When planning your trip to the Czech Republic it’s wise to check whether your stay will coincide with a public holiday (statní svátek), of which there are many in the Czech calendar.
Usually visitor attractions will remain open on such days, but bear in mind many shops are closed (global chains and malls remain open) and public transport runs at reduced capacity.
As elsewhere, Christmas, New Year and Easter are public holidays in the Czech Republic. The Christmas break comprises 24, 25 and 26 December, and 1 January is also a public holiday. Unlike in some countries, if one of these four dates falls on a weekend, the closest working day is not a public holiday in lieu. At Easter, only Easter Monday is a public holiday; Good Friday is a working day.
After Easter the first public holiday is 1 May, which was celebrated as May Day under Communism. The next public holiday follows exactly a week later, on 8 May or Victory in Europe Day. It marks the end of the Second World War and the end of the 1945 Prague Uprising, which began on 5 May.
The beginning of July celebrates Czech medieval religious reformer Jan Hus on 5 July and Saints Cyril and Metodius, who introduced Christianity to the Czech Republic, on 6 July. If either or both of these two dates fall on working days, many Czechs take the whole week off, which coincides with the start of the school holidays.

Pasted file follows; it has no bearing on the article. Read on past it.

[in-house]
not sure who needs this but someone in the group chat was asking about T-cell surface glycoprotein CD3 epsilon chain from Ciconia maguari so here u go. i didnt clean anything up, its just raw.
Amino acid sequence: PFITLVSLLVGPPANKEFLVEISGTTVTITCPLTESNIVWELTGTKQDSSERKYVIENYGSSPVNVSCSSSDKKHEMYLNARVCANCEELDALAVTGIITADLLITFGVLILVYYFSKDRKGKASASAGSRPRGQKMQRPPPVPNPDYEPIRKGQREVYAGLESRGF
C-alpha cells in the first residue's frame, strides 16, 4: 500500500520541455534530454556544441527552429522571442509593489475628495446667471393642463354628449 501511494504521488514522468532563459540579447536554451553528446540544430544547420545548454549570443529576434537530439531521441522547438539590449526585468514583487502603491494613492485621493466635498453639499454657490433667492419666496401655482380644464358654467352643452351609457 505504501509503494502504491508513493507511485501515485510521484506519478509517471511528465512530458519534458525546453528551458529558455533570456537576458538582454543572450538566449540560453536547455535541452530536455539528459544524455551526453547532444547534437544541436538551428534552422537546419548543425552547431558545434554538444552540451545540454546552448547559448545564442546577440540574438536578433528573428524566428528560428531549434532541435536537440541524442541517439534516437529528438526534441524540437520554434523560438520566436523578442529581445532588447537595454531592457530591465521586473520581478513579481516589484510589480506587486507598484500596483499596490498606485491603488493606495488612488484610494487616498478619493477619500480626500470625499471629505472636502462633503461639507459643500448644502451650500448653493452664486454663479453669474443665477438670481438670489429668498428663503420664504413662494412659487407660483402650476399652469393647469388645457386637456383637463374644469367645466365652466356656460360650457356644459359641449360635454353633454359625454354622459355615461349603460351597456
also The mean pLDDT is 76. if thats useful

The next two holidays fall on the 28th of September and October. The former celebrates St Wenceslas, the patron saint of the Czech Republic, and the latter marks the establishment of an independent Czechoslovakia in 1918. Despite the break-up of Czechoslovakia in 1989, it’s still a public holiday.
The last public holiday before Christmas is 17 November, the Battle for Freedom and Democracy and the start of the 1989 Velvet Revolution that overthrew the communist government.
Christmas soon approaches after that, and then it’s time for the holiday cycle to start all over again.